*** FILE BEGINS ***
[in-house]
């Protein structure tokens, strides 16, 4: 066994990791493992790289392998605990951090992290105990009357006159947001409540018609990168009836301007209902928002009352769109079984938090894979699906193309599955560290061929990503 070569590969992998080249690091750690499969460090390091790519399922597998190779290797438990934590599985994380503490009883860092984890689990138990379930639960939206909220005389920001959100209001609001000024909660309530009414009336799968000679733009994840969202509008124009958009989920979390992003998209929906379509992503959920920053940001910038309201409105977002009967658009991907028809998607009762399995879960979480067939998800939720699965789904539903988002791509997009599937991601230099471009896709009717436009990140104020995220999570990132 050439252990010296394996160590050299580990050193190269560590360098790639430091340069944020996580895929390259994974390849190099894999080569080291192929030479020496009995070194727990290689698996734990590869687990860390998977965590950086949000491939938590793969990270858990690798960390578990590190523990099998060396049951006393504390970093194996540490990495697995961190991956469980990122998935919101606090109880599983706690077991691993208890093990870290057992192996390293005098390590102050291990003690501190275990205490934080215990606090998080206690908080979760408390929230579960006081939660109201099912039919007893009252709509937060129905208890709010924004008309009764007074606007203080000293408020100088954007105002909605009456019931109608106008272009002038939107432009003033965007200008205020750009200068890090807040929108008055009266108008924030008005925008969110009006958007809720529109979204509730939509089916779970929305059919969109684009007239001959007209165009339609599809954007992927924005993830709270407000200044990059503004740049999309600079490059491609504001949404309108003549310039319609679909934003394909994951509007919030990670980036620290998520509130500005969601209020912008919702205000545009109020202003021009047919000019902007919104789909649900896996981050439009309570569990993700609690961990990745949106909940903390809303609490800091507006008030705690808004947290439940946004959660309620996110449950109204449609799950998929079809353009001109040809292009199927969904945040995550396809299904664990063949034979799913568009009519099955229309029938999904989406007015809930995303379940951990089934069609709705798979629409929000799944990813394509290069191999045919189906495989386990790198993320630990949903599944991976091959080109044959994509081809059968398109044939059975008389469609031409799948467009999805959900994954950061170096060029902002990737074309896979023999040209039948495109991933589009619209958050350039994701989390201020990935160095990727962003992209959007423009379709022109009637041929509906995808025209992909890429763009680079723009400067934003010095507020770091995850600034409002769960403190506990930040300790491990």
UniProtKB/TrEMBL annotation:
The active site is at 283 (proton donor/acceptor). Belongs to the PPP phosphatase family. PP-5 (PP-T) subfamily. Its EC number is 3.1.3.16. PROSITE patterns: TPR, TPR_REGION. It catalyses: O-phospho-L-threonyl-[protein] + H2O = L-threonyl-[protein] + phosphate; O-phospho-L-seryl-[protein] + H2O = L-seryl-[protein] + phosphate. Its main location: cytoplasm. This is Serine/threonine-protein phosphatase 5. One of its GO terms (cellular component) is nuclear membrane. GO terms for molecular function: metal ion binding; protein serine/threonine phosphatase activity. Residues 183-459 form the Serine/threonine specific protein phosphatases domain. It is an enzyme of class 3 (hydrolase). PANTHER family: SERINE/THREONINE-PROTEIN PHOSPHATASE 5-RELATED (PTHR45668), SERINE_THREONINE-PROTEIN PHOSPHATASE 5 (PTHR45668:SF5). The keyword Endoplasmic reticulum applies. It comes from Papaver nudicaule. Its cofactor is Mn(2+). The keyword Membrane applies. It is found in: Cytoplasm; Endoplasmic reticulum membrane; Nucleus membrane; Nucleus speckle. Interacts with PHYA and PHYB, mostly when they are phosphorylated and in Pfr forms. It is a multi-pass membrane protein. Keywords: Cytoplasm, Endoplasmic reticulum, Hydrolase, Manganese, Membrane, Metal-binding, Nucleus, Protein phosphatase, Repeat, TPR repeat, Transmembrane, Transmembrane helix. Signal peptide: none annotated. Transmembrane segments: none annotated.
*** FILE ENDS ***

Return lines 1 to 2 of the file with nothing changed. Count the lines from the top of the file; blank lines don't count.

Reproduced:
[in-house]
């Protein structure tokens, strides 16, 4: 066994990791493992790289392998605990951090992290105990009357006159947001409540018609990168009836301007209902928002009352769109079984938090894979699906193309599955560290061929990503 070569590969992998080249690091750690499969460090390091790519399922597998190779290797438990934590599985994380503490009883860092984890689990138990379930639960939206909220005389920001959100209001609001000024909660309530009414009336799968000679733009994840969202509008124009958009989920979390992003998209929906379509992503959920920053940001910038309201409105977002009967658009991907028809998607009762399995879960979480067939998800939720699965789904539903988002791509997009599937991601230099471009896709009717436009990140104020995220999570990132 050439252990010296394996160590050299580990050193190269560590360098790639430091340069944020996580895929390259994974390849190099894999080569080291192929030479020496009995070194727990290689698996734990590869687990860390998977965590950086949000491939938590793969990270858990690798960390578990590190523990099998060396049951006393504390970093194996540490990495697995961190991956469980990122998935919101606090109880599983706690077991691993208890093990870290057992192996390293005098390590102050291990003690501190275990205490934080215990606090998080206690908080979760408390929230579960006081939660109201099912039919007893009252709509937060129905208890709010924004008309009764007074606007203080000293408020100088954007105002909605009456019931109608106008272009002038939107432009003033965007200008205020750009200068890090807040929108008055009266108008924030008005925008969110009006958007809720529109979204509730939509089916779970929305059919969109684009007239001959007209165009339609599809954007992927924005993830709270407000200044990059503004740049999309600079490059491609504001949404309108003549310039319609679909934003394909994951509007919030990670980036620290998520509130500005969601209020912008919702205000545009109020202003021009047919000019902007919104789909649900896996981050439009309570569990993700609690961990990745949106909940903390809303609490800091507006008030705690808004947290439940946004959660309620996110449950109204449609799950998929079809353009001109040809292009199927969904945040995550396809299904664990063949034979799913568009009519099955229309029938999904989406007015809930995303379940951990089934069609709705798979629409929000799944990813394509290069191999045919189906495989386990790198993320630990949903599944991976091959080109044959994509081809059968398109044939059975008389469609031409799948467009999805959900994954950061170096060029902002990737074309896979023999040209039948495109991933589009619209958050350039994701989390201020990935160095990727962003992209959007423009379709022109009637041929509906995808025209992909890429763009680079723009400067934003010095507020770091995850600034409002769960403190506990930040300790491990």